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it's the more harmful to substances that of the two substances. marijuana prohibition is a failed government program. statesbeen pushed on the and has cost us billions of dollars, and it has failed to accomplish much of anything. marijuana is still incredibly available, anyone who wants it can get it in any state throughout the country. usage rates have not been going down. they have, in a lot of states, gone up,. ask ourselves not should marijuana be legal or illegal, but what are the potential costs and benefits of prohibition, and what are the potential costs and benefits of replacing that with a different system. colorado, voters have decided to create a system where marijuana will be regulated and taxed in a manner similar to
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alcohol. that different than product, but the idea is that it is a product that adults 21 years of age and older can possess and consume and it is being sold by licensed businesses that are charging taxes, that are testing their labeling,ing proper using proper packaging, not selling to minors, and so on. ultimately, 50 5% of colorado voters in 2012 decided that this would be a more preferable system to prohibition. we have seen that support grow. in february, when the pack poll -- a quinnipiac poll found that support was 58%. another poll found it was at 62%. that it appears that most coloradans seem to be satisfied with where things are right now.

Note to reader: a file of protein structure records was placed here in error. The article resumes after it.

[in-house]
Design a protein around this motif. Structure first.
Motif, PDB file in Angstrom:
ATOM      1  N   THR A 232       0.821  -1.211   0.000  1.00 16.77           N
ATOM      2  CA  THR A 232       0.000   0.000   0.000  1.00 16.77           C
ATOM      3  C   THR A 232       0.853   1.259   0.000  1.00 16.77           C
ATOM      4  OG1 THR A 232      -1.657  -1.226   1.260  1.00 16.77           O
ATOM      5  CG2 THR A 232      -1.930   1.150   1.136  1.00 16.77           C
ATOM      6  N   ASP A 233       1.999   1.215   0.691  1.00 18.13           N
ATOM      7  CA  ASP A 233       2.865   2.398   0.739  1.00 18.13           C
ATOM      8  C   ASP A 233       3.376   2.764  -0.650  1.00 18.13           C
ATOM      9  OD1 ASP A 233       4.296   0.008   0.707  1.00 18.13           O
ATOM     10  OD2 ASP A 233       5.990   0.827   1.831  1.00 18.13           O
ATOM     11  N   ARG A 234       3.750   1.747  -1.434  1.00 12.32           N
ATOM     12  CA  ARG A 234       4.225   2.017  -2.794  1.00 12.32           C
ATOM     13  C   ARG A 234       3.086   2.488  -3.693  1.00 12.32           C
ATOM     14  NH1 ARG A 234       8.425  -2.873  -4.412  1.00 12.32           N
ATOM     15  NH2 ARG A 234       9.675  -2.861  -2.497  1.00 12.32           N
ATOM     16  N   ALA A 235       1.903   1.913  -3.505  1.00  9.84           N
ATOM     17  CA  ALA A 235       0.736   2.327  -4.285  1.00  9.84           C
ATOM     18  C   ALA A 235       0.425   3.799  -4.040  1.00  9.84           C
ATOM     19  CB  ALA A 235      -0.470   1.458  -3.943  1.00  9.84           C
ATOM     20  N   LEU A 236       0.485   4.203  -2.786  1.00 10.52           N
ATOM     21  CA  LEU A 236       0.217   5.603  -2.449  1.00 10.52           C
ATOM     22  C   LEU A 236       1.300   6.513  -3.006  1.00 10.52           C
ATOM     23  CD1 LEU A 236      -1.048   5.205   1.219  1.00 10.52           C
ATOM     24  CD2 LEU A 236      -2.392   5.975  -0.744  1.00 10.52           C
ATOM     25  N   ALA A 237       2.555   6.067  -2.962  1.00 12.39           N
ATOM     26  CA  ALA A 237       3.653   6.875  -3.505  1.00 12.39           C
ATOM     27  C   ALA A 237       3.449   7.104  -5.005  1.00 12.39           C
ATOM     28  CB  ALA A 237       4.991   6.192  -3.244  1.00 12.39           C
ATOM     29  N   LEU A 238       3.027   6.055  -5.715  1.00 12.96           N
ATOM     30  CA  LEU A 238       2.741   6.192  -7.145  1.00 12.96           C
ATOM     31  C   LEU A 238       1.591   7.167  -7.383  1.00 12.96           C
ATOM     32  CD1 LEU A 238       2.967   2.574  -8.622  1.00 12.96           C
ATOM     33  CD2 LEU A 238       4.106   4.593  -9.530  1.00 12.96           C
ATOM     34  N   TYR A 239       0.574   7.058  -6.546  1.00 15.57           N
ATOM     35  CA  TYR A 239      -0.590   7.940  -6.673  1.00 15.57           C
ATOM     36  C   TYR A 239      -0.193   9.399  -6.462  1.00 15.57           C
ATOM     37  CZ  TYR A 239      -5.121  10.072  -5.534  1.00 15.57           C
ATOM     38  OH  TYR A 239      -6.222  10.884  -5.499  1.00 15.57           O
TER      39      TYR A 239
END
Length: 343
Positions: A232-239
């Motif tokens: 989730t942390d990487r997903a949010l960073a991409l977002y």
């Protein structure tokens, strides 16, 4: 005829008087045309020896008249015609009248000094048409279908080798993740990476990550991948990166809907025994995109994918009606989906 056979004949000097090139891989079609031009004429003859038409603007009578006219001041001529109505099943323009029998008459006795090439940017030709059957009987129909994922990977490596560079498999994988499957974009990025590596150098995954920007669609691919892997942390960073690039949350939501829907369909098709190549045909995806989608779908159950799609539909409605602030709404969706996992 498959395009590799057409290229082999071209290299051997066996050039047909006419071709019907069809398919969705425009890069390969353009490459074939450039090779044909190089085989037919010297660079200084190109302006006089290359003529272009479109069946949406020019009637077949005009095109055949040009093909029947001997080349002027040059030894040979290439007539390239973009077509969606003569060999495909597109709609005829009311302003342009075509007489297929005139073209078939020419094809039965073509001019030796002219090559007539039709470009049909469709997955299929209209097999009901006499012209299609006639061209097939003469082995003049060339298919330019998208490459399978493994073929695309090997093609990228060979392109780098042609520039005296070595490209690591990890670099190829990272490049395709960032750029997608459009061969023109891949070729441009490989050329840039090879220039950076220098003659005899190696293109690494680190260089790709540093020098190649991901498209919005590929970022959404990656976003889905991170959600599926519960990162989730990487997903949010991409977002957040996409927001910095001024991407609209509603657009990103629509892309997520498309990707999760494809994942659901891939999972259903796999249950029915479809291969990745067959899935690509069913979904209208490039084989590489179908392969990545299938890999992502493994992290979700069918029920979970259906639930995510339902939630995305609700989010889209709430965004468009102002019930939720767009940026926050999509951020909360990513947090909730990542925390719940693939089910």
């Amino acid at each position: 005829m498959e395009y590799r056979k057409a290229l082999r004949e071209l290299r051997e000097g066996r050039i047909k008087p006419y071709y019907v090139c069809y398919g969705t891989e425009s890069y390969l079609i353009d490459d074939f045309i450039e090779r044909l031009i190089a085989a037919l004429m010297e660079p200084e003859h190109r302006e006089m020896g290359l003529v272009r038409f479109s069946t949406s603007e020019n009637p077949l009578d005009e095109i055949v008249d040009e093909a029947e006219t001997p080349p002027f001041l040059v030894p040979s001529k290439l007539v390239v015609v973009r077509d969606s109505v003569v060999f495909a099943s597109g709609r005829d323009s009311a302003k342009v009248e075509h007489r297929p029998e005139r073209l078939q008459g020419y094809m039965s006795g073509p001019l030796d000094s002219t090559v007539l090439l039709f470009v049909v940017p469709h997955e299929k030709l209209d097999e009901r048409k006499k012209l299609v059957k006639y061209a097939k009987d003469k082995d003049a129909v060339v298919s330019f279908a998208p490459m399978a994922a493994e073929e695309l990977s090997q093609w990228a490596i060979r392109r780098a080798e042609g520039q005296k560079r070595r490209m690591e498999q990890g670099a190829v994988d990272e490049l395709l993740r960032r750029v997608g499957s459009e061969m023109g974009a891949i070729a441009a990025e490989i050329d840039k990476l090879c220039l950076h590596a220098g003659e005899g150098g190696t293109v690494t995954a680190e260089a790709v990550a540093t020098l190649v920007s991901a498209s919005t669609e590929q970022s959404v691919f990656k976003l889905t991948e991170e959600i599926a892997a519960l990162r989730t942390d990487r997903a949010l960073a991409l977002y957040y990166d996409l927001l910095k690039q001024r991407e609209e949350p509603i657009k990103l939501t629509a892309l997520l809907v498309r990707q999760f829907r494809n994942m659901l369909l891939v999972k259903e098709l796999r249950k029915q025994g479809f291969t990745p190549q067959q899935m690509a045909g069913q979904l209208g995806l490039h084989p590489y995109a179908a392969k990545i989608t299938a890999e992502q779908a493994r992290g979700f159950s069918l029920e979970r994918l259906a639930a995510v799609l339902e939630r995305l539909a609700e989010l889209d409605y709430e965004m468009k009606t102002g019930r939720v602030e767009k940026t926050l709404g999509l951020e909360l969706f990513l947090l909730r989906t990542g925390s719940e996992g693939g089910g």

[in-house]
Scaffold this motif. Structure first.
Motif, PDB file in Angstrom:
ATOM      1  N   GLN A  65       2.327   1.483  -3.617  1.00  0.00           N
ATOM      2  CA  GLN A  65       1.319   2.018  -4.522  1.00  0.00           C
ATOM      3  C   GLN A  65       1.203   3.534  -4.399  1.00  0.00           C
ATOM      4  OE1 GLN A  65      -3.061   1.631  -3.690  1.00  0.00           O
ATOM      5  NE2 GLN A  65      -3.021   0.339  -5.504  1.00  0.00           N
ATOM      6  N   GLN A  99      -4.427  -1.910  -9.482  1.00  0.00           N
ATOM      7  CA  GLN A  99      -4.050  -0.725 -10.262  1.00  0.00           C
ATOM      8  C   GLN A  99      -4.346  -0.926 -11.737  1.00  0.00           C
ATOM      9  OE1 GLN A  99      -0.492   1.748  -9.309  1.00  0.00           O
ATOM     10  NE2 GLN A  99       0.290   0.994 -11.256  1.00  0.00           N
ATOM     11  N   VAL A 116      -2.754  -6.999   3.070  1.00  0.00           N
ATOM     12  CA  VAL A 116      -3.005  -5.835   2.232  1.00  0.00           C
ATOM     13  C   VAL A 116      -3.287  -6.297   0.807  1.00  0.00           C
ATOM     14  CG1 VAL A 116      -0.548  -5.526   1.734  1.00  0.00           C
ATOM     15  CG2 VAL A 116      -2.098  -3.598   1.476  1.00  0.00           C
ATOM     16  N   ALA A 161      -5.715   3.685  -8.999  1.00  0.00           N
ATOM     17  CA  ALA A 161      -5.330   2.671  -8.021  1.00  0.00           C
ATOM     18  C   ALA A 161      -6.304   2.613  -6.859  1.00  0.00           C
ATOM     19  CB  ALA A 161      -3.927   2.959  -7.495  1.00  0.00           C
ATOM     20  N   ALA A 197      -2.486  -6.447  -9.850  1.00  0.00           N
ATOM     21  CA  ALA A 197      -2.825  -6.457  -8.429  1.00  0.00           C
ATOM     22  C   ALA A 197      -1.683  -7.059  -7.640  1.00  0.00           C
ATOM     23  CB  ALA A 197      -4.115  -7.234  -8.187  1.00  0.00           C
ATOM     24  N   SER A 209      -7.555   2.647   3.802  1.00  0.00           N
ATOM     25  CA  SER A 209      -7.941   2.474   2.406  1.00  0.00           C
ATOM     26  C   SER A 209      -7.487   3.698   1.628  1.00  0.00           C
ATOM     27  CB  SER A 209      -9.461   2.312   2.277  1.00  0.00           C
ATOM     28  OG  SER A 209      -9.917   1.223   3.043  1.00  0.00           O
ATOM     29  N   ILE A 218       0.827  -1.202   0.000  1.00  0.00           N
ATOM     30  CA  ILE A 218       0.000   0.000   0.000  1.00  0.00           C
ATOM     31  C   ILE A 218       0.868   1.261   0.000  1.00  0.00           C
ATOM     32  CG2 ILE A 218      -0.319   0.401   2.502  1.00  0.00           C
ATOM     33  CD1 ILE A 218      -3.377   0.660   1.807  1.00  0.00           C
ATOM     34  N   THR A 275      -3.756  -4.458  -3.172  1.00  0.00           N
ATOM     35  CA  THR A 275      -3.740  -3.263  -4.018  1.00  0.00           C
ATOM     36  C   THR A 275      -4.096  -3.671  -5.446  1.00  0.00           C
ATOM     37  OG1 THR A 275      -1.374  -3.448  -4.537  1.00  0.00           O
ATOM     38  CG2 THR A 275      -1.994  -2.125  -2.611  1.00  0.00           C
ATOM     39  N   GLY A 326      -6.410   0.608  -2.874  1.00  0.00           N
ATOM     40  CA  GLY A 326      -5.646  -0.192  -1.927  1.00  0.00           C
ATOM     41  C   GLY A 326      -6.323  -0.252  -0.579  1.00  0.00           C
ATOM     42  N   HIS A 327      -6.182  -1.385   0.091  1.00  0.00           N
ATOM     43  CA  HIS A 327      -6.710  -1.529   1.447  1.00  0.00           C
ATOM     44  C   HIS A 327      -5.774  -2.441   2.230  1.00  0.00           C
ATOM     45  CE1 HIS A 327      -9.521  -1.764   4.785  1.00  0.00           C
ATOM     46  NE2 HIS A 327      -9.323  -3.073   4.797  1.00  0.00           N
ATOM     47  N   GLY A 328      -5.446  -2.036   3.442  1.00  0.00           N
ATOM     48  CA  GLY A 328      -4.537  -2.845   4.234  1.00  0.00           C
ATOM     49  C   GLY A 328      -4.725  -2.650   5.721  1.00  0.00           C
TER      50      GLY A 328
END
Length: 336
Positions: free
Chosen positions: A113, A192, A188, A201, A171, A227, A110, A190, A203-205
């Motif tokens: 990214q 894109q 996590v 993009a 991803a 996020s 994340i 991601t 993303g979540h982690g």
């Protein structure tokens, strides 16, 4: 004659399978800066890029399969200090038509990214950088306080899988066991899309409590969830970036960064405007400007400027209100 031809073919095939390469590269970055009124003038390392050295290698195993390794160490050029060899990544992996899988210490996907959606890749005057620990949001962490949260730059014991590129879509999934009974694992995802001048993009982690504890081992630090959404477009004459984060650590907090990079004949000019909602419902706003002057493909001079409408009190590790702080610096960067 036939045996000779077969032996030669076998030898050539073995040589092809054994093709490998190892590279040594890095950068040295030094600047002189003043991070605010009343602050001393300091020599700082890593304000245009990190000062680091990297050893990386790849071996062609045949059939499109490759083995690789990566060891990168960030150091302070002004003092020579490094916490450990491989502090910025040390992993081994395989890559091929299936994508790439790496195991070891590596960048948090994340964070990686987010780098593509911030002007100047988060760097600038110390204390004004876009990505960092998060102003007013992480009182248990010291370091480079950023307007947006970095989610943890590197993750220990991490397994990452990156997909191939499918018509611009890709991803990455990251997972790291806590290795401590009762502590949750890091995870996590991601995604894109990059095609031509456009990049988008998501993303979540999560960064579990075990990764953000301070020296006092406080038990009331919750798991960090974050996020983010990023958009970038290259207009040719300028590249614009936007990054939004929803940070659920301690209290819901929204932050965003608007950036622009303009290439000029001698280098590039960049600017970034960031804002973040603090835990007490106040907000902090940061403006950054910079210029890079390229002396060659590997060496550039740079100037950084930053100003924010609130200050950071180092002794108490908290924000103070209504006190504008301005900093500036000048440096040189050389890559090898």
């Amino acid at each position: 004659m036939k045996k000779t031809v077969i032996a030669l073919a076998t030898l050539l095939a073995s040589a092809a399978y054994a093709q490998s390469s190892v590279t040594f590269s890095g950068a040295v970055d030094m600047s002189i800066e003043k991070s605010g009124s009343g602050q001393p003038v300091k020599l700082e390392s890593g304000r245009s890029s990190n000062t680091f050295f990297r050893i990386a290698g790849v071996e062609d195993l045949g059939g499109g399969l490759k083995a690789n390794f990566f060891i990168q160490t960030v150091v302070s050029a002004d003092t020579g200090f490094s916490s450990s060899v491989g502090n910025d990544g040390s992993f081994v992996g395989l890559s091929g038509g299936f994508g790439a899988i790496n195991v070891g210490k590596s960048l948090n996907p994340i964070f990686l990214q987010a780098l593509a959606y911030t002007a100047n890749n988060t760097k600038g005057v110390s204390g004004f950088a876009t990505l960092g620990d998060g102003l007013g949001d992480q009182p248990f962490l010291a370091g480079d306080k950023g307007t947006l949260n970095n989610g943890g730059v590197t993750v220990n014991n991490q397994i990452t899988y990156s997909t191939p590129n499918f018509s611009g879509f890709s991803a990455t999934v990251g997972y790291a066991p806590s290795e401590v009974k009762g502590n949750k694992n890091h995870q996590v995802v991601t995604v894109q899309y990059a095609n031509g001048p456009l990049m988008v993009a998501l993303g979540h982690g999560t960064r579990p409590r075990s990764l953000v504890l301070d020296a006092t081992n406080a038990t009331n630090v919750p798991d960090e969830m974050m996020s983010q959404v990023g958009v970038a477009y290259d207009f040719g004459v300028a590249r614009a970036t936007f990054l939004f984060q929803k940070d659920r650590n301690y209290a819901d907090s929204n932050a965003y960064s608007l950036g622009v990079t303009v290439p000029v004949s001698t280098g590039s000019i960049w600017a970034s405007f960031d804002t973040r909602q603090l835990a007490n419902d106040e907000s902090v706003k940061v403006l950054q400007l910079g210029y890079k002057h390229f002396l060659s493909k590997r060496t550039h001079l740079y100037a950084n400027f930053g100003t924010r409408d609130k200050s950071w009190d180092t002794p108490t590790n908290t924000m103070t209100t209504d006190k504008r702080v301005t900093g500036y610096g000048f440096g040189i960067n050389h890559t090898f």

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that's not to say that will be the case forever. i cannot say that. ultimately, things are going more or less how we intended them to go. when we ran this campaign, we never said we will anti-prisons and prevent people from going to jail. doesn't typically lands of the in jail. it does cost people jobs. it does cost people housing. mean something for can't get jobs. it does mean people can go to court. they have to pay fines. can you imagine if every time you were found to be drinking a glass of wine or having a beer, you are subjecting yourself to being fined $150 and a day in court? that seems crazy. marijuana is less harmful than our call based on every objective standard. it's less addictive. this is according to the federal government. they've made it abundantly clear that it is less toxic, less damaging to the body. it is less likely to contribute
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to violent and aggressive behavior. this is not to say it is harmless. nothing is harmless. it does have potential harm for some people. that potential for harm is to by the potential for alcohol to harm. alcoholhere to say that is bad or wrong or that people should not use it. i think as a country, we have figured out what happens when you try to prohibit alcohol. it does not go well. it causes more problems than it solves, which is why our country decided to experiment with alcohol prohibition. it is known as a failed experiment. the great experiment. which we ended. instead regulate alcohol and do what we can to control and educate people about it. we wanted to take care of the with it without creating harm through an underground market, propping up organized crime, making sure the product is controlled. people going blind